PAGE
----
The East Africa Law Society (EALS), an umbrella organization that brings together lawyers in the East African region, has vowed to take the Ugandan government to court over a recent court siege in Kampala by armed security personnel.
According to a statement issued by the EALS here on Wednesday, there has been an increasing trend of violation of the country's constitution, principles of separation of powers and judicial independence.
"We assure the people and governments of East Africa that the legal profession in the region has resolved to stand firm and proactively defend the rule of law, using all lawful means at its disposal, immediately it is endangered anywhere in East Africa," the statement said.
Last Thursday, armed security personnel besieged the High Court in Kampala to rearrest suspect rebels of the People's Redemption Army (PRA) who were facing fresh murder charges.
In the process doors and other court property were damaged forcing the judiciary to announce a five-day strike which started on Monday.
"We express solidarity with and reiterate our total support for the judiciary, including in its suspension of Court business, and the legal profession in Uganda at this challenging period in history of the region," the EALS statement said.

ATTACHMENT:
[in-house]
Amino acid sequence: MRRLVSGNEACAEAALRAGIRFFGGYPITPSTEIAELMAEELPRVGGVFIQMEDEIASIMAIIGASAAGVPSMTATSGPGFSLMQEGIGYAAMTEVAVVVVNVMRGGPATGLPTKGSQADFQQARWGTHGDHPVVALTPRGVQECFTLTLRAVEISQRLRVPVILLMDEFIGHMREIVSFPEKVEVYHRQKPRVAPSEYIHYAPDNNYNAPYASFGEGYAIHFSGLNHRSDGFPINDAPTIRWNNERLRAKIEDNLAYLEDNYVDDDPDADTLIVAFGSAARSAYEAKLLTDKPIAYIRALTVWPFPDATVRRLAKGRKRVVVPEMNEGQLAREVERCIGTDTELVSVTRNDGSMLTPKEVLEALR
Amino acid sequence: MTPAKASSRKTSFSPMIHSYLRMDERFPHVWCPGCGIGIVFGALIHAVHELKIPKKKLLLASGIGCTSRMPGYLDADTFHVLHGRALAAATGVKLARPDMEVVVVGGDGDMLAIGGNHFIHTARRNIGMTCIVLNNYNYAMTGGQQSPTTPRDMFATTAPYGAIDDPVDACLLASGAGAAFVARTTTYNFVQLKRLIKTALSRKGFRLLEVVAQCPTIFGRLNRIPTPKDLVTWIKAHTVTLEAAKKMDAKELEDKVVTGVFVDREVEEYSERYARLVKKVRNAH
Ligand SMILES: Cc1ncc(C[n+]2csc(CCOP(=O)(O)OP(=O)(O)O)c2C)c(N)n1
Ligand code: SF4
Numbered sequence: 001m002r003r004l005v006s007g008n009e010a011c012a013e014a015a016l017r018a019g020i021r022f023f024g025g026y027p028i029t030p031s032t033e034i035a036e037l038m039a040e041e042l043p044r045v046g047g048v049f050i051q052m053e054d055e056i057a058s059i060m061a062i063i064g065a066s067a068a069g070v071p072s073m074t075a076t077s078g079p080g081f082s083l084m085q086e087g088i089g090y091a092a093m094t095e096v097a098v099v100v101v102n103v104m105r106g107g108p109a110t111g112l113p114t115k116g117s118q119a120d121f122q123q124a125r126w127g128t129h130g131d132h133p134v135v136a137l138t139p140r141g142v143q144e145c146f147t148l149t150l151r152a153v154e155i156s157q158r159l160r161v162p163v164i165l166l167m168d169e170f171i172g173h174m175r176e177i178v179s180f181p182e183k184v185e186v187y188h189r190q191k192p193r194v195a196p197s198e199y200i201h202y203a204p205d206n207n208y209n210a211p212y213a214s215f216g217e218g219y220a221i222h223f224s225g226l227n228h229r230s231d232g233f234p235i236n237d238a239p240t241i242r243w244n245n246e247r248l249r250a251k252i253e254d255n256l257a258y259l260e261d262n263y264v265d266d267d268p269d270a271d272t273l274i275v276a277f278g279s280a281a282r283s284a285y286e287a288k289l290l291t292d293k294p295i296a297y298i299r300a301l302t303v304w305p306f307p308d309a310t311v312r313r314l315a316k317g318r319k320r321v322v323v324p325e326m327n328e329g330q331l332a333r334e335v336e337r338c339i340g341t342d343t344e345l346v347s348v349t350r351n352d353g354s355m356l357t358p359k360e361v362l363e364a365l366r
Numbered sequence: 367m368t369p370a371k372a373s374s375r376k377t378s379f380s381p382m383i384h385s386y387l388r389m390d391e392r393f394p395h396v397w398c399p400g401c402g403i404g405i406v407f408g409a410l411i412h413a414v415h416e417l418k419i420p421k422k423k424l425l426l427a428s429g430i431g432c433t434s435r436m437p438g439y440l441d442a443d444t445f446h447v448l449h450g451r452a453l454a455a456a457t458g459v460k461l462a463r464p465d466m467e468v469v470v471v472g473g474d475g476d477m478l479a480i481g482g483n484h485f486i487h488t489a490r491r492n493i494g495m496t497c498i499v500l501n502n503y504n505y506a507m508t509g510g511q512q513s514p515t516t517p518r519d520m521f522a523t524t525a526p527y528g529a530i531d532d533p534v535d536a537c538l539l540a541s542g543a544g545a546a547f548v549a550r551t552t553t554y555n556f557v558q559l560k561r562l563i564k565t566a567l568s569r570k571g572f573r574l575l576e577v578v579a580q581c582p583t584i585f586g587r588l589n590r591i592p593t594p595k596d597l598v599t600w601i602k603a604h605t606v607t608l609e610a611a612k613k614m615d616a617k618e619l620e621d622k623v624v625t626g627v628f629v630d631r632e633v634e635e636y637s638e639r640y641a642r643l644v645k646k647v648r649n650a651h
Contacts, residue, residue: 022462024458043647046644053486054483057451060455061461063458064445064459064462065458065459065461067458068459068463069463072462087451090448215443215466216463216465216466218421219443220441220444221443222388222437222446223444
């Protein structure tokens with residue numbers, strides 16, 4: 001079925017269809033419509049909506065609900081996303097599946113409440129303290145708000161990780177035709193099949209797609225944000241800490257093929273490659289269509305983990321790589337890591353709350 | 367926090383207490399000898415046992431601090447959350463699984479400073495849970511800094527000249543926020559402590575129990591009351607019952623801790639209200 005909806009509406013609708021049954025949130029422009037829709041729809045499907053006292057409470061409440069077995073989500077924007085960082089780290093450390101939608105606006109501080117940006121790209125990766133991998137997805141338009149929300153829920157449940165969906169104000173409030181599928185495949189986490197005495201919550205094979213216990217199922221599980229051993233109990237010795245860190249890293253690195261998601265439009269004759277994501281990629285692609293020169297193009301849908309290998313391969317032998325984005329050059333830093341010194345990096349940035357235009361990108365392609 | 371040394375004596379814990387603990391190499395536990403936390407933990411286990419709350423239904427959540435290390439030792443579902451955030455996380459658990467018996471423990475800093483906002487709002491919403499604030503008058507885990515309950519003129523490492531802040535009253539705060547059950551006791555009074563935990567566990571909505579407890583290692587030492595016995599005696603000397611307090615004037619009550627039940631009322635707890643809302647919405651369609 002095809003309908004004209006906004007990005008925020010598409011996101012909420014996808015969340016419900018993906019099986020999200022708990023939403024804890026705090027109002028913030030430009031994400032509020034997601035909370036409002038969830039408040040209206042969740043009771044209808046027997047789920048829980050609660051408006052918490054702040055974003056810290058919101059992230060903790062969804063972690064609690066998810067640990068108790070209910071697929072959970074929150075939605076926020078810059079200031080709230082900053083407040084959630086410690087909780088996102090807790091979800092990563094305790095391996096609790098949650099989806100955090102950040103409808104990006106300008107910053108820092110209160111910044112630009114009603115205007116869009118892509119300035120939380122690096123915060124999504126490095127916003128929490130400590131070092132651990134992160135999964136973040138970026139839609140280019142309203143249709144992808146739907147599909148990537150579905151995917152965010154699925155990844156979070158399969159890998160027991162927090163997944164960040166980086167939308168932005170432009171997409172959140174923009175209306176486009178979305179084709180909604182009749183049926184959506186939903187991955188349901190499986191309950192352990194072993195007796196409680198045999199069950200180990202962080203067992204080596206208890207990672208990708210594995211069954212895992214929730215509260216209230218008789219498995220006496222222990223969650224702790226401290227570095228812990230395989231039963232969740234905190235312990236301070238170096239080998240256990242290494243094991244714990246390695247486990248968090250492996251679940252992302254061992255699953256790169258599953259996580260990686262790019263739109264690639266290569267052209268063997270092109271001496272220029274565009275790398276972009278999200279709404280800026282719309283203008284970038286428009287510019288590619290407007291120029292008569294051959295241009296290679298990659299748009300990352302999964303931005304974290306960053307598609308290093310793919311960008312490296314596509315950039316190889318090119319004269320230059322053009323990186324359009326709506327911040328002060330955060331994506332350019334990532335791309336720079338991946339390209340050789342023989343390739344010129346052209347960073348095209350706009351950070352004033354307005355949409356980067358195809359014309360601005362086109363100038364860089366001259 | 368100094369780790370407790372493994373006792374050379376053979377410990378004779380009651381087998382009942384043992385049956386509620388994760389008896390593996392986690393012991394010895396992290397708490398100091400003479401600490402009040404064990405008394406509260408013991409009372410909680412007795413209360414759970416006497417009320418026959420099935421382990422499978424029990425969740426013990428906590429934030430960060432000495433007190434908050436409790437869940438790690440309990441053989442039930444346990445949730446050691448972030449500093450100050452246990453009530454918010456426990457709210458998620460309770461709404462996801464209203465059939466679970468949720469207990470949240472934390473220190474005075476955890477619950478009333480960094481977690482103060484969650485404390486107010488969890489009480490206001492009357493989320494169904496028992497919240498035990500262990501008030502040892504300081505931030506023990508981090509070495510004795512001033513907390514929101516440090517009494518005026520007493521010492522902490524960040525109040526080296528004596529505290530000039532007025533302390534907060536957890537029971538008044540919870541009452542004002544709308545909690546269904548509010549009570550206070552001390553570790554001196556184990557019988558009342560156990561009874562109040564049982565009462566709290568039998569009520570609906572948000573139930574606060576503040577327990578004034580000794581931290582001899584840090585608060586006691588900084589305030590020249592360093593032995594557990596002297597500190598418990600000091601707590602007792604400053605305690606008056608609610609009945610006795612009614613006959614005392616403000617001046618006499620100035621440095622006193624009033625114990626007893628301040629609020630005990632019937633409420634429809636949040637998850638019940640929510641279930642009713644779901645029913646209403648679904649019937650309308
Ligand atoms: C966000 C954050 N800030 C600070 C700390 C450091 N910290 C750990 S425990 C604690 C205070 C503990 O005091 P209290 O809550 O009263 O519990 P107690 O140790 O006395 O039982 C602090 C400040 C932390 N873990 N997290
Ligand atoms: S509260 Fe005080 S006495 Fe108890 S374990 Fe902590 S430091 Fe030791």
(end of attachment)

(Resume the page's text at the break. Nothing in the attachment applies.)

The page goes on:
The EALS said it is going to sue the Ugandan government in courts of law over the court siege, the second in two years after the Nov. 16, 2005 one by the Black Mamba military unit, which arrested the rebel suspects after they had been granted bail by the High Court.
"Upon holding talks with the Uganda Law Society and various other stakeholders in Uganda and in the region, EALS has undertaken to spearhead the institution of litigation regarding this matter at the East African Court of Justice and/or the African Commission of Human and People's Rights and the African Court of Human and Peoples' Rights."
The EALS said it will also write to and table the matter for further discussion and resolution before the Summit of the East African Community, the Peace and Security Council of the African Union and the Commonwealth Secretariat.
Ugandan President Yoweri Museveni told a news conference in Kampala on Monday that the government has instituted an investigation that led to the siege with a view of taking corrective measures.
"What happened at the high court is not what should have happened. What we shall do is to dissect the matter and look at what should have happened," Museveni told journalists shortly after meeting Chief Justice Benjamin Odoki and Speaker of Parliament Edward Ssekandi.
Meanwhile the Judiciary met in Kampala on Wednesday to discuss when to call off their nation-wide strike.
The lengthy meeting chaired by Justice Odoki was however adjourned to Friday. The judicial officials who attended the meeting including magistrates were reluctant to disclose what transpired in the meeting.
"This meeting was not in position to conclude the matter. We can say the resolution (court going on strike) still stands until Friday when we meet again. We can not talk much because the meeting is half way," said Lawrence Gidudu, the chief registrar of the High Court.